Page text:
Enhancing External Validity in Psychology Research

By Martin Dempster, Donncha Hanna

One way of maximising external validity in psychology is to ensure, as much as possible, that your sample represents the study population on all the characteristics that are important in your research. You can use a number of different sampling methods to make sure your sample provides a good representation of the study population (its representativeness).

Obtaining a representative sample is related to your sample size. For example, all else being equal, the larger the sample, the more likely it is to be representative of the population. So, in that sense, large samples are good. But how big does your sample need to be? You can consider two things to help you answer this question:

  • How many people do I need in my sample to provide a representative picture of the population?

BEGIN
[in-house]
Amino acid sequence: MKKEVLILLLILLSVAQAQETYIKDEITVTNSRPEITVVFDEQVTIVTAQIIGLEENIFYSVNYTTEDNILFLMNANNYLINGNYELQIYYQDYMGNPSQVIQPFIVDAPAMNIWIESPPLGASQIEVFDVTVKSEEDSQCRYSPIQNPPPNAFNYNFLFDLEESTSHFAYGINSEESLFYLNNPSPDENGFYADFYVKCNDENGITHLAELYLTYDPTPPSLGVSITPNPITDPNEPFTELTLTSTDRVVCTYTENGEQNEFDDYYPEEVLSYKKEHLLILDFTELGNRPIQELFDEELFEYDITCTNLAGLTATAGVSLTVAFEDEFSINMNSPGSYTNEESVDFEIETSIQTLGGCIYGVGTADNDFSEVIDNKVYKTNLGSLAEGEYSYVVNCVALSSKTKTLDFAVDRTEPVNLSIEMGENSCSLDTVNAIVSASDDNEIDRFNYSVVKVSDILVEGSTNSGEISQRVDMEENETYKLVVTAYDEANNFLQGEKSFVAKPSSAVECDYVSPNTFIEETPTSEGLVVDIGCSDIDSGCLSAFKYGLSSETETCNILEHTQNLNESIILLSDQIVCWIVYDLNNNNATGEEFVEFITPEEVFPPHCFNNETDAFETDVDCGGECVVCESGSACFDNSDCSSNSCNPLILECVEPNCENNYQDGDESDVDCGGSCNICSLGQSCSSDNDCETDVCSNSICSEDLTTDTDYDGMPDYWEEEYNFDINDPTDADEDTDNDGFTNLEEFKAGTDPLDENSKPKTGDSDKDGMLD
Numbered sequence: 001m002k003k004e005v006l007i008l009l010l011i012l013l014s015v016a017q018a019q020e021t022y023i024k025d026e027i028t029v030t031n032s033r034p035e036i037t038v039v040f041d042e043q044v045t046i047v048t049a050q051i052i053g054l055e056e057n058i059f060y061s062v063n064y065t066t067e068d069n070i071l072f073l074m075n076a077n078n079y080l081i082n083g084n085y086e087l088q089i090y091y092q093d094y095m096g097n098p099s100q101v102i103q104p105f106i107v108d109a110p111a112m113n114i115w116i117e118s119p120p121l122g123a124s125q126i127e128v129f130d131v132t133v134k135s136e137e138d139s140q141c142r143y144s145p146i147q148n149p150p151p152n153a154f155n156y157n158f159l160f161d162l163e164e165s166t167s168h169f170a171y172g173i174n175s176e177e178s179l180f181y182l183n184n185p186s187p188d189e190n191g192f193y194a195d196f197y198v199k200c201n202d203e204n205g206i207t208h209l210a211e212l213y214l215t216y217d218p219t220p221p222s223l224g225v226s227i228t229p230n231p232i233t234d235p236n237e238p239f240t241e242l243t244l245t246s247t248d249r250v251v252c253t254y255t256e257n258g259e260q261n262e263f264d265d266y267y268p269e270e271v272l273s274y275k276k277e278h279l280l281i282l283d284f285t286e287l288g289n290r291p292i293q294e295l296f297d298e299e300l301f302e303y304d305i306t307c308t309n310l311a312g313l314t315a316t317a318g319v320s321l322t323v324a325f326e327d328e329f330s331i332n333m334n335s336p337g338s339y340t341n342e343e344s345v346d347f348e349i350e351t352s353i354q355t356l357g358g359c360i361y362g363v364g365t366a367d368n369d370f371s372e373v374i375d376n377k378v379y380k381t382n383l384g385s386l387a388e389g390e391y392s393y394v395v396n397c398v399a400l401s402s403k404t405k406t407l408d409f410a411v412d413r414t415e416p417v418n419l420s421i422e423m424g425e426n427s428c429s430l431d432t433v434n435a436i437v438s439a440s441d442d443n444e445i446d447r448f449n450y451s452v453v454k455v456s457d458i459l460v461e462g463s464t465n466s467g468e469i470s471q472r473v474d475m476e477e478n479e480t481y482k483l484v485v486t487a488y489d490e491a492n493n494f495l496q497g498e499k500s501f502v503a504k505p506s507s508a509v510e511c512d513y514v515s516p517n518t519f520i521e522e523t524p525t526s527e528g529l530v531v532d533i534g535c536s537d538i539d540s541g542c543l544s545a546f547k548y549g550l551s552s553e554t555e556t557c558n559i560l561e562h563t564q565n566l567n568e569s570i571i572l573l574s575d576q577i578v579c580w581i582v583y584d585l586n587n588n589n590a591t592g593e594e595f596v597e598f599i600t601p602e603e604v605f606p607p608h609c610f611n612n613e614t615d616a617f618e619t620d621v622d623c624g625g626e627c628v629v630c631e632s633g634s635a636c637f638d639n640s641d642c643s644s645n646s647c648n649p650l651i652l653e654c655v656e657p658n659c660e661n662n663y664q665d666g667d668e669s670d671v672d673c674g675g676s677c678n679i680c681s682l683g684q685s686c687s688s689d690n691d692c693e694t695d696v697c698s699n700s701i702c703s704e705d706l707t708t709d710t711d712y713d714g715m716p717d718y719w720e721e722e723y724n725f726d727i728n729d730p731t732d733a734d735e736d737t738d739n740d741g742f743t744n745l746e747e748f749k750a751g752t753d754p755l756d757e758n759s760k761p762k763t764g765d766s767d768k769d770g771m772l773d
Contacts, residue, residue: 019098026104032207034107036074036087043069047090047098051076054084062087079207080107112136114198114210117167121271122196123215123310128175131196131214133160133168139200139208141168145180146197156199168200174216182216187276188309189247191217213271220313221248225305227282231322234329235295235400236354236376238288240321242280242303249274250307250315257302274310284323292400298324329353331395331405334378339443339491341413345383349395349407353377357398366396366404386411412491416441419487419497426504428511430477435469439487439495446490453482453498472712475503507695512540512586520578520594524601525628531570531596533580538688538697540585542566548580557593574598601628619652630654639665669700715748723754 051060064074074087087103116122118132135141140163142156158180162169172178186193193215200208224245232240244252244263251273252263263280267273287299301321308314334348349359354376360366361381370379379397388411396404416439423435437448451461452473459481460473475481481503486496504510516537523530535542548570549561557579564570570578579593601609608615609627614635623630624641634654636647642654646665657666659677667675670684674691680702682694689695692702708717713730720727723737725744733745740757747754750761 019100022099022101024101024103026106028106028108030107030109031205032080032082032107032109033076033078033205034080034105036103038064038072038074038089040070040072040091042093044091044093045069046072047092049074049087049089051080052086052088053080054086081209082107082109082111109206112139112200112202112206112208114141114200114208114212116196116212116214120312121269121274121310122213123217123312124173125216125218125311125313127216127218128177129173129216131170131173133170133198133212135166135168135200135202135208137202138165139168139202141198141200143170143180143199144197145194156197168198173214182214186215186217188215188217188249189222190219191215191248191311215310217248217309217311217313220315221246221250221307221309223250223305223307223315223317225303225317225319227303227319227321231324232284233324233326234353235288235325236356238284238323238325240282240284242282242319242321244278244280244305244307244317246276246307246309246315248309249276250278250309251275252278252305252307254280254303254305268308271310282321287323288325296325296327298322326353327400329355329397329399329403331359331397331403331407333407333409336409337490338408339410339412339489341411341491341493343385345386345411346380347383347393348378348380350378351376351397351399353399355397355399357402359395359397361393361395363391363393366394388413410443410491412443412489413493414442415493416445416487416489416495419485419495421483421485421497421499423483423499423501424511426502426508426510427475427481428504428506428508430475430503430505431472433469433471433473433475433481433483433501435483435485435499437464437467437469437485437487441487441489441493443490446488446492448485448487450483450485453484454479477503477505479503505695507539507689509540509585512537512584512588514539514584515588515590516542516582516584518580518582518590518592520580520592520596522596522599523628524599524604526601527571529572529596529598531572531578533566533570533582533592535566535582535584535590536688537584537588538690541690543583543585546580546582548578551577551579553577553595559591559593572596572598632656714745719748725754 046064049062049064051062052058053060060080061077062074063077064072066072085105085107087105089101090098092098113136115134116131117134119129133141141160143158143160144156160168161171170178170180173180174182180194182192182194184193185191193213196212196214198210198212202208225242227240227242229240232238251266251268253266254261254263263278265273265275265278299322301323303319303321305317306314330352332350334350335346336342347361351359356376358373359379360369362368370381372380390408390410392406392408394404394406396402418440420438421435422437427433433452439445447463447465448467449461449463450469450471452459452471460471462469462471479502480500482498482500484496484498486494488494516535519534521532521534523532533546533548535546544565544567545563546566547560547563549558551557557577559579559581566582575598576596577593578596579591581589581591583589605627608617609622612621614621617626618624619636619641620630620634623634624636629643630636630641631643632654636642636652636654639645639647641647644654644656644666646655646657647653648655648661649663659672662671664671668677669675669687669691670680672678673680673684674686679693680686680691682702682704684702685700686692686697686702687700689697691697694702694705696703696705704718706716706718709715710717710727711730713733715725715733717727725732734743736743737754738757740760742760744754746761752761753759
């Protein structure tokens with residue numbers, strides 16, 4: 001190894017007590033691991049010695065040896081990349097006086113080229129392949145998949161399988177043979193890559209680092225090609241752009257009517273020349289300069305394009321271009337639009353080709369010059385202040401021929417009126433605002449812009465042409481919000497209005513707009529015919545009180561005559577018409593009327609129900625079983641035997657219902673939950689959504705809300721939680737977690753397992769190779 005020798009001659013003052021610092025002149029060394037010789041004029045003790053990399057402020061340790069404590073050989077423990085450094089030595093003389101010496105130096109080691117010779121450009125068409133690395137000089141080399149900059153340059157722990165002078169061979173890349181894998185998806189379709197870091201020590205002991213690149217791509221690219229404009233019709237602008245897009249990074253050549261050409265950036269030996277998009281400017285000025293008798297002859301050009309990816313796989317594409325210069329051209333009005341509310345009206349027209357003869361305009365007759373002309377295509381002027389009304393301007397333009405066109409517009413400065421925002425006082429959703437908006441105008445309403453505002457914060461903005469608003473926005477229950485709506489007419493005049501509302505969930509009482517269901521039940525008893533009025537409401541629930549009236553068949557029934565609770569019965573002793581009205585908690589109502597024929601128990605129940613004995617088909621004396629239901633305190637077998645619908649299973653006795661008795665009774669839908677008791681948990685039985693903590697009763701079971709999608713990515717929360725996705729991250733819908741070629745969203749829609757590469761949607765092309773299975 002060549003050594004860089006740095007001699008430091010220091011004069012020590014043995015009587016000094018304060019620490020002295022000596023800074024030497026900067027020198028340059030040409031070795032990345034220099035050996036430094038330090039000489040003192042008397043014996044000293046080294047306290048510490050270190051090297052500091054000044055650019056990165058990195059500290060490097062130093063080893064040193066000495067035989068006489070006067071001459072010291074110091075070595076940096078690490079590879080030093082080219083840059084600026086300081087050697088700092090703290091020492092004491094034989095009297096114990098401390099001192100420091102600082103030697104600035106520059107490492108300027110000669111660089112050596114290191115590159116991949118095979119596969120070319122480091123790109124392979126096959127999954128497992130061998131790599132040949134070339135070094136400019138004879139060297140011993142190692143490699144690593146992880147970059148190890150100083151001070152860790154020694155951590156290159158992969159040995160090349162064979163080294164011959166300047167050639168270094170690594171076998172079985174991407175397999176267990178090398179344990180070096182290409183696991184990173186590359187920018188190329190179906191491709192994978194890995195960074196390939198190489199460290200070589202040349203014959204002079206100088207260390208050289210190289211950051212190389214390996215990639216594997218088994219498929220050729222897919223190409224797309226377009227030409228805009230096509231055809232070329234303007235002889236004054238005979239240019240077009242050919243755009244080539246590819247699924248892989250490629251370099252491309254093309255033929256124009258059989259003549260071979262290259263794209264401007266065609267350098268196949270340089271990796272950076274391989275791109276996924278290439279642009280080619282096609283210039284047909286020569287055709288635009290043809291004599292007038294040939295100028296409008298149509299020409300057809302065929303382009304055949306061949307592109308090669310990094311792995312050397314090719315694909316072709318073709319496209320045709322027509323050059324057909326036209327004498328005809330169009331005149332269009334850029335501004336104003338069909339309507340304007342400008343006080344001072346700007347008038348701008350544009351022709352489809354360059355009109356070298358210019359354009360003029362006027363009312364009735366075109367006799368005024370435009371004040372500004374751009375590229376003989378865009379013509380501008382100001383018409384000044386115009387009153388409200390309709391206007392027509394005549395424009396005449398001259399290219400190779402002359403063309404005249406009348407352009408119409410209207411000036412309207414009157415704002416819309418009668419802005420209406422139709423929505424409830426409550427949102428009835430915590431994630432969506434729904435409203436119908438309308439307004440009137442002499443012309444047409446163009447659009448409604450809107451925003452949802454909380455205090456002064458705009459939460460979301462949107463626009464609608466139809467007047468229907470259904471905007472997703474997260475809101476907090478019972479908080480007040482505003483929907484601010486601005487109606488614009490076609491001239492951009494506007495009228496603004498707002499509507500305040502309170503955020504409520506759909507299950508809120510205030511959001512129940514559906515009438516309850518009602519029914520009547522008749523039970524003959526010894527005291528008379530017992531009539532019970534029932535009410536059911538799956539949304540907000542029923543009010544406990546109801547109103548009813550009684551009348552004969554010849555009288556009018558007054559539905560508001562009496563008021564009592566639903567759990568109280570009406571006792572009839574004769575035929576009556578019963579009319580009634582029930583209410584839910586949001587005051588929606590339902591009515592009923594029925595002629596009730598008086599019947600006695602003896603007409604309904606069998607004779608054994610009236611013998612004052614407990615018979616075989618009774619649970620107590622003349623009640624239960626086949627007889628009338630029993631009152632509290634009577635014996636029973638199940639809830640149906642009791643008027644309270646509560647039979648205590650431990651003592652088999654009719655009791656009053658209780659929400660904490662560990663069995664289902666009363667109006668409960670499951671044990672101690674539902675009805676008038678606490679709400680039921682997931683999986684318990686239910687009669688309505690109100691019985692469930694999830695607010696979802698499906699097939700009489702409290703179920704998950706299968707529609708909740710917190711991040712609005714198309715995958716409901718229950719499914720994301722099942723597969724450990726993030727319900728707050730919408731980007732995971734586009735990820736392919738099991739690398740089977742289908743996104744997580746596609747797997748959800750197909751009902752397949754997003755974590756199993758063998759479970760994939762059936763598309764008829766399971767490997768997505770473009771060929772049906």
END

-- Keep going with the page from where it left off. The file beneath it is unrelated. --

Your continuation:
• How many people do I need in my sample to allow me to conduct the statistical analysis that I want to, with sufficient power?

To answer the second question, you need to conduct a sample size calculation for the type of analysis that you’re planning. The first question, however, is tougher to address. You need to think about the number of people that you require to convince yourself and others that you have a representative group from the population.

This decision is partly guided by how widespread your topic of interest is in the population; for example, if you want to study depression and you think that levels of depression vary considerably in the population, you need a large number of people to represent this range of outcomes. However, if you believe that the range of depression scores in the population is quite narrow, you can work with a smaller number of people to represent these outcomes.

When you’re thinking about the external validity for your study, consider your sample size in terms of both of these questions – and then work with the largest sample size you anticipate from answering these questions.